Pande, Rohini, Robin Burgess, and Grace Wong. 2005. “Banking for the Poor: Evidence from India.” Journal of European Economic Association 3 (2-3): 268-278.Abstract

State led credit and savings programs have been implemented in numerous low income countries, but their success in reaching the poor remains widely debated. We report on research which exploits the policy features of the Indian social banking program to provide evidence on this issue. State-led branch expansion into rural unbanked locations reduced poverty across Indian states. In addition, the enforcement of directed bank lending requirements was associated with increased bank borrowing among the poor, in particular low caste and tribal groups.

Pande, Rohini. 2005. “Can Rural Banks Reduce Poverty? Evidencefrom the Indian Social Banking Experiment.” American Economic Review, June 2005 95 (3): 780-795.Abstract
We exploit the introduction and removal of a nation-wide bank branch licensing rule which sought to increase and equalize bank branch presence across Indian states to estimate the effect of rural bank openings on poverty. Between 1977 and 1990, to qualify for a license to open a branch in a census location which already had one or more bank branches an Indian bank had to open four branches in locations with no bank branches.This policy caused banks to open relatively more rural branches in Indian states with lower initial Önancial development between 1977 and 1990. The reverse was true outside this period. We use these policy-induced trend reversals in the relationship between a state's initial financial development and rural branch expansion as instruments for rural branch expansion and find that rural branch expansion in India significantly reduced rural poverty.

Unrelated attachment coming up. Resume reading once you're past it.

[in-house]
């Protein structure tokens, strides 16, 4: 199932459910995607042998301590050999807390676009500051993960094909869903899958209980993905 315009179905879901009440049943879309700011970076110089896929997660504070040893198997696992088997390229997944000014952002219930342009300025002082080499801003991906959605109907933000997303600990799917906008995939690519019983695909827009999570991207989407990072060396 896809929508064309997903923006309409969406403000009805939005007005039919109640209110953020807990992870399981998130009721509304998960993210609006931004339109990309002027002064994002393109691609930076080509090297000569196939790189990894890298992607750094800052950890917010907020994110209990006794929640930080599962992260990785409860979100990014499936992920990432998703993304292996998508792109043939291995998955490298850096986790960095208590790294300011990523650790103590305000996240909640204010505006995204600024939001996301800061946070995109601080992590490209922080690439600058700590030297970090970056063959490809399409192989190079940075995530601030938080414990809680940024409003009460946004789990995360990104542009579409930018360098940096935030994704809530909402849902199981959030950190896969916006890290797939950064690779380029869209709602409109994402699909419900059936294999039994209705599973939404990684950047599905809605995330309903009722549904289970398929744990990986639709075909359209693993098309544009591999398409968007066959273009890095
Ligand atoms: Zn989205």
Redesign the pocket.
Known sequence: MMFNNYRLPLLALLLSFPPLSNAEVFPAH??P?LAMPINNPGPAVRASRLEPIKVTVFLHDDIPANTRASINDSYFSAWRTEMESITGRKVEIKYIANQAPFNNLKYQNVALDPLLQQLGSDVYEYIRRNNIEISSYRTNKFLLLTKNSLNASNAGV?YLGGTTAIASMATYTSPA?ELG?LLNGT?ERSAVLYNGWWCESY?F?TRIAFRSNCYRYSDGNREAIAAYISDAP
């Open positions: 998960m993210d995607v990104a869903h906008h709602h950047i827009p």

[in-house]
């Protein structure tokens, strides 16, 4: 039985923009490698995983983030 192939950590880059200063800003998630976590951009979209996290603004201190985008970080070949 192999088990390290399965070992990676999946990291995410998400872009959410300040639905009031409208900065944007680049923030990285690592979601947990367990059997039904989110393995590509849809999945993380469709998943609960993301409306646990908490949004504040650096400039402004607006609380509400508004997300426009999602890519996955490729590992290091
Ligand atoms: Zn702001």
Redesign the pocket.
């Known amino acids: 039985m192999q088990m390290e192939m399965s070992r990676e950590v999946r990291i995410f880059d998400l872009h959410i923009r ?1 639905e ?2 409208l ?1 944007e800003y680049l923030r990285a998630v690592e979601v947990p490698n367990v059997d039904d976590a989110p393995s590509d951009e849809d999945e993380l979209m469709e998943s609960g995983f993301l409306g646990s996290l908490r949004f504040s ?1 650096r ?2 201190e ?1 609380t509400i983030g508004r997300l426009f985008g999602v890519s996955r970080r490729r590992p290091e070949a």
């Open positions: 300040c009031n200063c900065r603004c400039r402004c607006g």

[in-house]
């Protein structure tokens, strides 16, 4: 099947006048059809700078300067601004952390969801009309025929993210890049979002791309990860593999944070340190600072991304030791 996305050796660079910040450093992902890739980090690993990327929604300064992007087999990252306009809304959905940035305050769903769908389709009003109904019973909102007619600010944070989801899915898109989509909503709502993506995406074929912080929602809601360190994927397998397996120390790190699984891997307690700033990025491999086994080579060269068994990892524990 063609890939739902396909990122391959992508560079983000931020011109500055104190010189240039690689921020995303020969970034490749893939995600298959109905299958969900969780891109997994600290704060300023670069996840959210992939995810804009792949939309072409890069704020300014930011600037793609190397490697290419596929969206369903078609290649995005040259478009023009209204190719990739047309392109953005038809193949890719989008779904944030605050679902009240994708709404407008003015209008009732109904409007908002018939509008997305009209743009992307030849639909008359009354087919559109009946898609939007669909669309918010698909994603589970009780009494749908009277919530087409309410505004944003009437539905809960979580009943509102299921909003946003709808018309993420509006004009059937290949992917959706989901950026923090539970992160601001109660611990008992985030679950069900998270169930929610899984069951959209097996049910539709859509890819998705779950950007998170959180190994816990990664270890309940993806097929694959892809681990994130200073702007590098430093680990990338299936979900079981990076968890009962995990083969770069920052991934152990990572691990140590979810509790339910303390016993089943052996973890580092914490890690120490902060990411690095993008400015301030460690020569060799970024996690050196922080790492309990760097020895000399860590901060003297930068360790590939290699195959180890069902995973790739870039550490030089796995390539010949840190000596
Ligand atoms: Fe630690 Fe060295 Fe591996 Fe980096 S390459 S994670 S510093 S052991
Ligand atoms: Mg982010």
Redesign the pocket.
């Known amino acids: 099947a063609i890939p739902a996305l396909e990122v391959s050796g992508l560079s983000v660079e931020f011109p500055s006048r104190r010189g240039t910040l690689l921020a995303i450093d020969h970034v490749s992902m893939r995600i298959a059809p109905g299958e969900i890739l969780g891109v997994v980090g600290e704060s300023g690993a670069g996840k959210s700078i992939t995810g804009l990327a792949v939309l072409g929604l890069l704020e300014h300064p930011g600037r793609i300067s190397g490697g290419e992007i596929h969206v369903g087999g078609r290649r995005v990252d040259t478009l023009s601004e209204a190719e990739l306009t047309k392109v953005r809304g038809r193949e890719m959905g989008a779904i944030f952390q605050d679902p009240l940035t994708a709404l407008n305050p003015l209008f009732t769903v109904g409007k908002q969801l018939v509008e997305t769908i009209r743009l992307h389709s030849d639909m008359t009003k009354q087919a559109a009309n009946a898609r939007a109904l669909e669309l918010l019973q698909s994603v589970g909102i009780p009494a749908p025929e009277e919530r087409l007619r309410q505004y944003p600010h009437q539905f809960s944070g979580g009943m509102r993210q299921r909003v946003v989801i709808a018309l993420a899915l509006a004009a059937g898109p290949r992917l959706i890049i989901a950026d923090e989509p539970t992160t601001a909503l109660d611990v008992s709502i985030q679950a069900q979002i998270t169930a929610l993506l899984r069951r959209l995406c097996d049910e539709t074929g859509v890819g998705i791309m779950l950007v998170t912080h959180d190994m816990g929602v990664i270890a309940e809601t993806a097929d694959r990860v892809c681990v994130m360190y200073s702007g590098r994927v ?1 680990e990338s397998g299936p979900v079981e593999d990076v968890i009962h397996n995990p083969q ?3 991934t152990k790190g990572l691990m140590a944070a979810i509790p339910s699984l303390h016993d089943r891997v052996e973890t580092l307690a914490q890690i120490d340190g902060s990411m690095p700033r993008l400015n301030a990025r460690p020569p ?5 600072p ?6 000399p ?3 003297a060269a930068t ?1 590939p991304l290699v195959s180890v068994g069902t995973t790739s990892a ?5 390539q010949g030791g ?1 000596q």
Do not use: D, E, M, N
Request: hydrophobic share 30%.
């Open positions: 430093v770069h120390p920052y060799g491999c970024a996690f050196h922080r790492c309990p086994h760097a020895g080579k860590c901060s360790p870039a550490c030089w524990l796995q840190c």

Pande, Rohini, and Christopher Udry. 2005. “Institutions and Development: A View from Below.” Proceedings of the 9th World Congress of the Econometric Society.Abstract